Saturday, August 31, 2013

Lost on Ummaguma


There we were staring at the slab. All of us quiet, grinning with a twinge of confusion, and thus far, a pretty good taste of the route. We knew we had just rocked the pendulum, swinging like excited baboons on the rotten, fixed rope.  We had climbed through and over a half-dead tree in amazement, then were drop jawed by a slammer tower

"So where do we go?"

We look intently over each others' shoulders at the tattered, moist topo. 

Paulie starts in with " Well Myles, you said you did the route... Where to?" 
"I said I went so high, then bailed... Jackson over here said he did it". Then of course Jackson is chiming in with how he only said he did it because Paulie said he had. 

Just a little bit over half-way and the truth comes pouring out... We have all been goated.

"I'm not making that move" we all say at some point. 

Yeah, we're pissed at one another. There are groans and terrible comments being thrown around with nothing but love. We do some hard heckling and reflecting upon the moment... We are roughly 700ft up, no rope, no gear, not a sip of water, no shirts and a topo with nothing left to give. 

"I'm not calling for a rescue"
"Me neither"
" I'd eat Paulie first!

Jackson, the super strong Nome of the group, begins out first. Paulie and I leaning on each other giving words of encouragement. He criss-crossed and moved quite well even with our banter. Then the Bearded Hippie a.k.a. Paulie took over. He did some terrifying plant dyno swinging/slab climbing to get across. I went Jackson's way.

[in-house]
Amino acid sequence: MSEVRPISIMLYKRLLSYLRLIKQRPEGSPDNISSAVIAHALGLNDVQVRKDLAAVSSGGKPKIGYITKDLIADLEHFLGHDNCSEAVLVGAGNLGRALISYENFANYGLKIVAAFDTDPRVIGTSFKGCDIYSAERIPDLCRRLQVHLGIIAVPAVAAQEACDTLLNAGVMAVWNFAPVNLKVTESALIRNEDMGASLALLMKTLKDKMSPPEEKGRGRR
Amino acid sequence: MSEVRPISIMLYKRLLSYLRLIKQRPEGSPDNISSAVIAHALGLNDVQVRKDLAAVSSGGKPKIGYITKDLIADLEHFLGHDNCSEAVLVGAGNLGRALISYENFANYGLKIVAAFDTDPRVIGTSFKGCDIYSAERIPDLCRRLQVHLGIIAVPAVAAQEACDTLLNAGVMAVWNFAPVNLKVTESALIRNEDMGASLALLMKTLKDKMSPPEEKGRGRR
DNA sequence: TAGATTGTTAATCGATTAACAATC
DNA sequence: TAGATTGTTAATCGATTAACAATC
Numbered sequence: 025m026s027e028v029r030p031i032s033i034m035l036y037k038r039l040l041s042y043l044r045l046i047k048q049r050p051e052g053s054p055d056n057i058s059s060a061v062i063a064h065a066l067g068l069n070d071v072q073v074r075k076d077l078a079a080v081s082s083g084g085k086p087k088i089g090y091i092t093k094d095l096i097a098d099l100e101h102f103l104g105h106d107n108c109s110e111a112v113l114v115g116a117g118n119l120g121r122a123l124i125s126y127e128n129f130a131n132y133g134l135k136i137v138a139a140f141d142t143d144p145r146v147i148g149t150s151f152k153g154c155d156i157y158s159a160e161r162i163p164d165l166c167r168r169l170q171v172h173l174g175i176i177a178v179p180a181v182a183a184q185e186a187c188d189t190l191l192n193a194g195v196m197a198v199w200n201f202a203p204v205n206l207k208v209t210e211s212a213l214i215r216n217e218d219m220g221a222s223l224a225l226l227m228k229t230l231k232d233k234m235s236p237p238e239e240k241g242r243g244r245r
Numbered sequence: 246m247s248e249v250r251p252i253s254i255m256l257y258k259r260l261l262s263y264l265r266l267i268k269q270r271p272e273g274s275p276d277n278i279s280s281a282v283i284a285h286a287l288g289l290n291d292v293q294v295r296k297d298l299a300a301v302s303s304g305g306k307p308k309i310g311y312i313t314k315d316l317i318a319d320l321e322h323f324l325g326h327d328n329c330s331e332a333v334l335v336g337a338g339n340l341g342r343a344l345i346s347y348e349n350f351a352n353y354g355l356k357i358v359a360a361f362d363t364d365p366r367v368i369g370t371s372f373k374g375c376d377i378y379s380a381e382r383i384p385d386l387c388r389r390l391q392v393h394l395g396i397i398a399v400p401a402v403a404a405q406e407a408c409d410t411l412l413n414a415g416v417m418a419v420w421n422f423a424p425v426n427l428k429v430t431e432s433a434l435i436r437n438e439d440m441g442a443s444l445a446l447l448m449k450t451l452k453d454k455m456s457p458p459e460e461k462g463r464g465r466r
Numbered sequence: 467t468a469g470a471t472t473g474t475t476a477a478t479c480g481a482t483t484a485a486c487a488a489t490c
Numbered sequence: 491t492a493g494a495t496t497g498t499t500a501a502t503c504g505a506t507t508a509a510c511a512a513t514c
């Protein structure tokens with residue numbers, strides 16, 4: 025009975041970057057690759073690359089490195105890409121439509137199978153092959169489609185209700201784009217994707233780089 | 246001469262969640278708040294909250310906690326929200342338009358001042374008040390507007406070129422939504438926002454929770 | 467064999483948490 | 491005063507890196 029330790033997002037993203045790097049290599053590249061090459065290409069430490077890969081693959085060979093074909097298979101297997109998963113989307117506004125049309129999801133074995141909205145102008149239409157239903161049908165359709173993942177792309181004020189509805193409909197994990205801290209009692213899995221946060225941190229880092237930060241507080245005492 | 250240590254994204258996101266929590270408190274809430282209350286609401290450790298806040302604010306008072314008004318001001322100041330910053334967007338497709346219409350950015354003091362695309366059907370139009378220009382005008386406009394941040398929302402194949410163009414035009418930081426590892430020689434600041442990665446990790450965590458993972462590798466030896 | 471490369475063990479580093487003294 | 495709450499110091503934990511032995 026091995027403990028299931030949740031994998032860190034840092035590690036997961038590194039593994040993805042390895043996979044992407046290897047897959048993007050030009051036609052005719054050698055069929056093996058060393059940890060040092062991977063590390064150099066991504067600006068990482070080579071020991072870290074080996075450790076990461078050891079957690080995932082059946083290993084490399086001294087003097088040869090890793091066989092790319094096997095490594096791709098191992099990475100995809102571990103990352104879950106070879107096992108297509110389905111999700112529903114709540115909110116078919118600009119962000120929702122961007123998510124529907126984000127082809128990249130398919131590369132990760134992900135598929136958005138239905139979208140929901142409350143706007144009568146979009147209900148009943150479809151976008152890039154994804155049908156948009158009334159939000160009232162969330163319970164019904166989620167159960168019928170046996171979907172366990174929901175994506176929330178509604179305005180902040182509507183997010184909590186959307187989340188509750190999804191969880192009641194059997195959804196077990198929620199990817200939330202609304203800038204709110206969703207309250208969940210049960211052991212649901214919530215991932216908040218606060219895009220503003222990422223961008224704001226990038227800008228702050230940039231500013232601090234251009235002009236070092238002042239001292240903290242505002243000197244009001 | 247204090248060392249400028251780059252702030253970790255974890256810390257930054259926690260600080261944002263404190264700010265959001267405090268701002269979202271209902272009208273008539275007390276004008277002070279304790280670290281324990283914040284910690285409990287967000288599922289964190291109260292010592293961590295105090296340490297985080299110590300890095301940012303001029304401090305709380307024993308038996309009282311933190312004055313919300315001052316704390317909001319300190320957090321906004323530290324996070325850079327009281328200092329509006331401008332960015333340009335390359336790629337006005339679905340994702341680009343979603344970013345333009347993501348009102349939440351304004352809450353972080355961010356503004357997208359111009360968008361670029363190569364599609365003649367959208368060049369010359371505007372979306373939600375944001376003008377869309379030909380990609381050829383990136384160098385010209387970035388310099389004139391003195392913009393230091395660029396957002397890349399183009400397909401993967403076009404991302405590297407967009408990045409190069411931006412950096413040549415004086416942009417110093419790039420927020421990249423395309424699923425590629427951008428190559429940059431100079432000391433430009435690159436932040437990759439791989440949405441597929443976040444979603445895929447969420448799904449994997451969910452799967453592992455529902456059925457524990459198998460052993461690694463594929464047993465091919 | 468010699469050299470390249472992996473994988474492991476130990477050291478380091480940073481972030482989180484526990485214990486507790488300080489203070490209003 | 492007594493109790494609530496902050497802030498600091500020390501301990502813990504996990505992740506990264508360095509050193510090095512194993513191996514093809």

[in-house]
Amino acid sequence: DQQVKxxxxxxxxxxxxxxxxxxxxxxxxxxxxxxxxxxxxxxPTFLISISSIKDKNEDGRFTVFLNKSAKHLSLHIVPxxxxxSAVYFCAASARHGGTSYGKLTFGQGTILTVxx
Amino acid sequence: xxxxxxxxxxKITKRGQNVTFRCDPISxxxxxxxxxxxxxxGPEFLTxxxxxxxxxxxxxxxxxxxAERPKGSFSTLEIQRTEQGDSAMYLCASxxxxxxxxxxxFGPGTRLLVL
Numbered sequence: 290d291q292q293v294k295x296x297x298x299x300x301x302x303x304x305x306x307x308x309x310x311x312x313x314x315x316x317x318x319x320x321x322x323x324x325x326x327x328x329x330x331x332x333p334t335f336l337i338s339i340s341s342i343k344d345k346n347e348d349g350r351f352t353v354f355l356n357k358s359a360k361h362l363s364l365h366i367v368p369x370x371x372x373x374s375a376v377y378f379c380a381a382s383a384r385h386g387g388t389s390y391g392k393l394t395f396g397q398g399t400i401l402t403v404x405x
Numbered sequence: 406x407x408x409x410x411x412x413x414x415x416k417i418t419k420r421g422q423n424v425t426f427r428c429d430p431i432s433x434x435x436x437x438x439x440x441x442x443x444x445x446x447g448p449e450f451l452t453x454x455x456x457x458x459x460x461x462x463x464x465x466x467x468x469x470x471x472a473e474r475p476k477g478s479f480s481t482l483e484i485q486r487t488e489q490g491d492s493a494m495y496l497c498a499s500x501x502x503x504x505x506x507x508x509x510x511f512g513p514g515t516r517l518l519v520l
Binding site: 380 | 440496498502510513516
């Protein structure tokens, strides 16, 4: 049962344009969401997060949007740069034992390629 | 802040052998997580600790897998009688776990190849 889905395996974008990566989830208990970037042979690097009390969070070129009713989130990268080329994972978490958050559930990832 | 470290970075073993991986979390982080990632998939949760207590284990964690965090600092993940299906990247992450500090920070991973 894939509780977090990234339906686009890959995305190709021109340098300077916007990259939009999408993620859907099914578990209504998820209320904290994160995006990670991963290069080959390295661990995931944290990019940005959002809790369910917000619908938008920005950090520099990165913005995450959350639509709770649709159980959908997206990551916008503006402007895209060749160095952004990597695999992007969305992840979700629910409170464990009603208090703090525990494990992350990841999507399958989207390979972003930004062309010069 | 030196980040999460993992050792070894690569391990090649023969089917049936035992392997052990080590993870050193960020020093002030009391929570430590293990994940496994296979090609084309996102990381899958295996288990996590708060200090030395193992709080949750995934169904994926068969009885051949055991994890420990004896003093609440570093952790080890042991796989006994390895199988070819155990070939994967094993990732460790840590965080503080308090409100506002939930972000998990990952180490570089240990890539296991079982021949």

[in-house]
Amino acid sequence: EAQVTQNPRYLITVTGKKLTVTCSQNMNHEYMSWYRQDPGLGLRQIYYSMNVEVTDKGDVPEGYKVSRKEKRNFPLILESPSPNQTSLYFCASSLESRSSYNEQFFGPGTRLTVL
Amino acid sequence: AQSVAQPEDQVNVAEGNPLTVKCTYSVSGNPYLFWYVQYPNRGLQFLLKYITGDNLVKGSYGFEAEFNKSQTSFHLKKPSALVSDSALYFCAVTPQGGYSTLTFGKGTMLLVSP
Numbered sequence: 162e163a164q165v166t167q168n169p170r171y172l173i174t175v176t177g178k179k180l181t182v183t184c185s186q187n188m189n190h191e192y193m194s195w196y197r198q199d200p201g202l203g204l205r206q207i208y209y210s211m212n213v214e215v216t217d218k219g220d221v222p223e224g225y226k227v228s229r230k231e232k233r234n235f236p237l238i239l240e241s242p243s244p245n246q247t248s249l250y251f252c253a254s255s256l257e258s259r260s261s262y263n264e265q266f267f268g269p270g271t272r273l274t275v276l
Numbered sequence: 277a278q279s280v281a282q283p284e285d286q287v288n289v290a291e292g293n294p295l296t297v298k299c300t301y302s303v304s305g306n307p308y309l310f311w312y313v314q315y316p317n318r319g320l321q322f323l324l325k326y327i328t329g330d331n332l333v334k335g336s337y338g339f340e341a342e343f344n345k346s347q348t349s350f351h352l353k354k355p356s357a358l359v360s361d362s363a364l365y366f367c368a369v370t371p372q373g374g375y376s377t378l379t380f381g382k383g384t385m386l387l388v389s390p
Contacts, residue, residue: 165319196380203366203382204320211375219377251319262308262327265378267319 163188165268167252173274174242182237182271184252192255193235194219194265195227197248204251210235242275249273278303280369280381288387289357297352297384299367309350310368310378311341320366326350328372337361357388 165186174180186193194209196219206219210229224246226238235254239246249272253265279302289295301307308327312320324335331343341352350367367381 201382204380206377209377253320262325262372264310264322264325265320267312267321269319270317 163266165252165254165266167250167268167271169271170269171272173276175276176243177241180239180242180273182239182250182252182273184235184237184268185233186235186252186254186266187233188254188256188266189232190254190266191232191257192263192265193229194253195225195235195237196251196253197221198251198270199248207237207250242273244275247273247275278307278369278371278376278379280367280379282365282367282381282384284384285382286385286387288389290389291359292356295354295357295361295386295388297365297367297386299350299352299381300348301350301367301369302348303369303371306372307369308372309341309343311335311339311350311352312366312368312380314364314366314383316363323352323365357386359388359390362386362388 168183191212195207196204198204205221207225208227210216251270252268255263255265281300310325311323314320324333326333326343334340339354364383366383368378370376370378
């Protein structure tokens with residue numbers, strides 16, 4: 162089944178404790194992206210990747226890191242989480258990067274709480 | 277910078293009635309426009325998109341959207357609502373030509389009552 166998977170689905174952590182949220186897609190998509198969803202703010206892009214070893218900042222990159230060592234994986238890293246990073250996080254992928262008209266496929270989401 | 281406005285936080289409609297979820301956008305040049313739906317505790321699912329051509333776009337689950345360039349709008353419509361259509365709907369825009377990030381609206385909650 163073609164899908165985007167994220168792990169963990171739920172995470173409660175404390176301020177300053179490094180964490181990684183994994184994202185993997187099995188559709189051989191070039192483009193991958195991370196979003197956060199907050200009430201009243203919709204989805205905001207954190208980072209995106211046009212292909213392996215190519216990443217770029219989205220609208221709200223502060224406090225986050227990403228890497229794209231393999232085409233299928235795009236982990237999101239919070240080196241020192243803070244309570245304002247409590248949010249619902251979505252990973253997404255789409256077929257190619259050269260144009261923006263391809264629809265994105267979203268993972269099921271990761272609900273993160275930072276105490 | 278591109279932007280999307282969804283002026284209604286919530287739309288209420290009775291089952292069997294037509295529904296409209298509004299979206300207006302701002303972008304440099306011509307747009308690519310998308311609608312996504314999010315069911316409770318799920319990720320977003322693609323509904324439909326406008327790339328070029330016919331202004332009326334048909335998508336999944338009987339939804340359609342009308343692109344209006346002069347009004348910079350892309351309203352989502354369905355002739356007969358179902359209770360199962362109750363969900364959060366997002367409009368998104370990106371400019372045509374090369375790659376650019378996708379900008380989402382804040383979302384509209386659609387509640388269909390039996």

Now standing on the other side, we are shouting and grunting. We are Exhilarated! Shouts are thrown from the wall along with Real Man Monkey Calls.

Hey we're only eighteen, nineteen and twenty-one; it's cool.

We finish the route, dying of thirst. With plenty of daylight, surprisingly, we feel like we just conquered a 1500ft giant, in pretty good style. Royal Arches in Yosemite National Park just has something special about it... Doesn't it?

Ummaguma... For the last three years I have been piecing together this "Royal Arches" in the Whitney Portal. I wanted something that you can run before work or after lunch: an adventure route with a twist. High, exposed and fun. I wanted a big wall.

It means "The Wandering" in Swahili... also a pretty rad album by Pink Floyd. 

So, I did some wandering up there. I kept wandering. A whole hell of a lot of wandering. Wrong turns there, down climbs here. Perfecting it with friends on every climb became the job. Adding some kind of variation to get it one step closer to perfect. For instance, Chris Orozco and I climbed the last main corner system on the summit pyramid, where I had bowed out solo a year earlier. Another time my buddy Hugo Perez and I decided to mix in the second to last five hundred foot dihedral, making the climb epic. Then Dave Daley joined me with a piece of 6mm cord which we used to lash together reeds growing out of the crack.  We then hand over handed up the bushel to reach the hold... different, but sure wild. Amy a few days ago got to that very spot looked at the bushel and said "you got to be kidding me?"… Perfect!